From a loud conversation in the back seat to a bold billboard to your ex blowing up your phone, distractions are all around us. Those distractions pose a safety risk for drivers, but in New Jersey, distracted driving is also a crime. Texting and driving is illegal in New Jersey, as is using handheld cell phones while driving. Drivers under 21 can’t legally use a cell phone while driving at all, even if it’s hands-free.
If the police pull you over for driving distracted, New Jersey could fine you up to $800, add points to your driving record, or take your license.
Despite these punishments, distracted drivers still cause hundreds of thousands of accidents in New Jersey every year. Read on for advice about what to do if distracted driving – yours or someone else’s – caused a car accident.
Distracted driving statistics in NJ
Do you always wait until you can pull over to answer a text? In New Jersey, you might be in the minority. Distracted driving is common in The Garden State.
- Distracted driving caused sixty-five percent of car accidents in New Jersey between 2012 and 2016. That’s 200,000 distracted accidents a year!
- Cell phone usage causes around 22 percent of New Jersey’s distracted driver accidents.
- On one survey, 25 percent of teen drivers reported that they always answer text messages while driving.
- The most common distraction for New Jersey drivers isn’t a cell phone at all – it’s daydreaming and other cognitive (mental) distractions.
Don't risk it.
Exceptions to New Jersey distracted driving laws
There are a few situations where it’s safer to make a handheld phone call. The New Jersey legislature makes an exception for those. You can use a handheld cell phone while driving in New Jersey if you need to call 911 during an emergency, or if you believe someone’s going to commit a crime against you or another driver.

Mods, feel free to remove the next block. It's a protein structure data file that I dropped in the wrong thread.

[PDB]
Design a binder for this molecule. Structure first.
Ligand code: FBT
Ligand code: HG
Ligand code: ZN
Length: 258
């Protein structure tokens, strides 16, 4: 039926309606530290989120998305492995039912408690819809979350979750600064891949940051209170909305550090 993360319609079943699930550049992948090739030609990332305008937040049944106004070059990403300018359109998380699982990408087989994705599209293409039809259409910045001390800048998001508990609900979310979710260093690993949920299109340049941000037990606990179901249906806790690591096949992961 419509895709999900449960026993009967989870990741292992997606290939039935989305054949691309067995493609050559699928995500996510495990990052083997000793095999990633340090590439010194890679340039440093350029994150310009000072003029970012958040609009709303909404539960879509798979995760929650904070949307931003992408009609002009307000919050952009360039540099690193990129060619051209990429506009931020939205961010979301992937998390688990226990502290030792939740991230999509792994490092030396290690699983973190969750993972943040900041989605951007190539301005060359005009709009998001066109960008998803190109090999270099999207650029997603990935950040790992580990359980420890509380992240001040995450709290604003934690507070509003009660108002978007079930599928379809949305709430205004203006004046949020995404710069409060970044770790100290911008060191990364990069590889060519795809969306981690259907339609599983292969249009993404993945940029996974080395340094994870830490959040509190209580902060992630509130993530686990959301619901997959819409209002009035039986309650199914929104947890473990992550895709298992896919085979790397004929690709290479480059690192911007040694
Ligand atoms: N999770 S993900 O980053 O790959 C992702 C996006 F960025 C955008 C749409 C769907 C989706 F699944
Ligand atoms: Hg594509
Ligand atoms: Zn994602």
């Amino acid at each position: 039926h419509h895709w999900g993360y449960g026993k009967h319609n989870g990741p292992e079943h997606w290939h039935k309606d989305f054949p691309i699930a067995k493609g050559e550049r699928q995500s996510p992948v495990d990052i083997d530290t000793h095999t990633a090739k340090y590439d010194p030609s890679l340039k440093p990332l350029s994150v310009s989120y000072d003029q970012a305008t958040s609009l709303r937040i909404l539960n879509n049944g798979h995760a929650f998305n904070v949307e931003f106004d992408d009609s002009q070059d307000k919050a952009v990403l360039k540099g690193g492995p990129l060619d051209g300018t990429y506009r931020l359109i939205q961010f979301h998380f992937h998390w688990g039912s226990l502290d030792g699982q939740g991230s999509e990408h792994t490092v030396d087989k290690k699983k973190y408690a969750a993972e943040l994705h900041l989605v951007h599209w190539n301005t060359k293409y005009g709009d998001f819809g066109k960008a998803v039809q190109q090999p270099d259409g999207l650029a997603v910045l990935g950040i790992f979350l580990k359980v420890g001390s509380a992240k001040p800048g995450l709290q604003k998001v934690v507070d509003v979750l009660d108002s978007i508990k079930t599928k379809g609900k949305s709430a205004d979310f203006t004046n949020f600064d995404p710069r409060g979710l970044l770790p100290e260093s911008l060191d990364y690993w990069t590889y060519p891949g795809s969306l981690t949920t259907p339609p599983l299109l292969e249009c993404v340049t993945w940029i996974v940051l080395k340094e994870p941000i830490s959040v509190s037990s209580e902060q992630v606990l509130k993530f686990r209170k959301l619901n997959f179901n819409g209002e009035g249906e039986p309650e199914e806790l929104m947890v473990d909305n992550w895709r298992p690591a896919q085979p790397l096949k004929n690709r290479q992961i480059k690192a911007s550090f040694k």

For example, if another driver is gesturing angrily and swerving at you on the highway, it would be legal for you to call 911 for help. Similarly, you could legally call 911 while driving to report a fire.
It’s also legal to text while you’re stopped at a red light in New Jersey.
Can I sue a distracted driver?
In a word: yes. In New Jersey, a distracted driver is liable for causing a crash. If they harm you or your property during a car accident, you could sue them. If they’re insured, their liability coverage will pay for some of your medical costs and property repairs or replacement. However, liability coverage usually has a limit. If the accident left you with a huge hospital bill, the need to replace your car or ongoing costs like medication or therapy, you might choose to sue the distracted driver for compensation.
What if my accident was caused by a distracted driver?
If someone else’s distracted driving caused a crash with your car in New Jersey, they are usually at fault. Their liability insurance should cover some accident-related costs, and you could sue for more.
If you caused a car accident because you were distracted, the opposite is true. Your liability insurance should pay for the property and medical costs your accident incurred on others. If your policy has collision coverage, it’ll kick in to pay for repairs to your car. Depending on the severity of the accident, you might face a criminal charge like reckless driving. If someone died in the accident, you could even be charged with vehicular homicide.
Can texting and driving raise my insurance premium?
Yes, texting and driving can raise your car insurance premium.
If you use your insurance’s safe driver app to get a discount, your insurer may know the first time you text and drive. The more you text while driving, the lower your safe driving score…and the smaller your discount.
Without a safe driver app, your insurer won’t know right away if you text and drive. New Jersey doesn’t add points to your driving record for the first or second time the police write you up for distracted driving. If you get caught a third time, though, the state will add three points to your driving record. More points on your driving record will push your premium higher. On average, a third distracted driving offense will raise your premium by 23 percent, which comes to about $370 a year.
If the police charge you with a moving violation connected to distracted driving, or if you cause a car accident because you were distracted, your insurer will find out. More severe charges will result in higher premiums.
If higher premiums aren’t enough to make you shudder, maybe the thought of crashing your car is. Distracted driving can have a lot of consequences. If a text just can’t wait, find somewhere safe to stop before you answer. And, if you see someone else texting or driving recklessly while you’re on the road, pull over and dial #77. The number will direct you to the New Jersey #77 Dangerous Driver System, where you can report non-emergency risky driving to the police.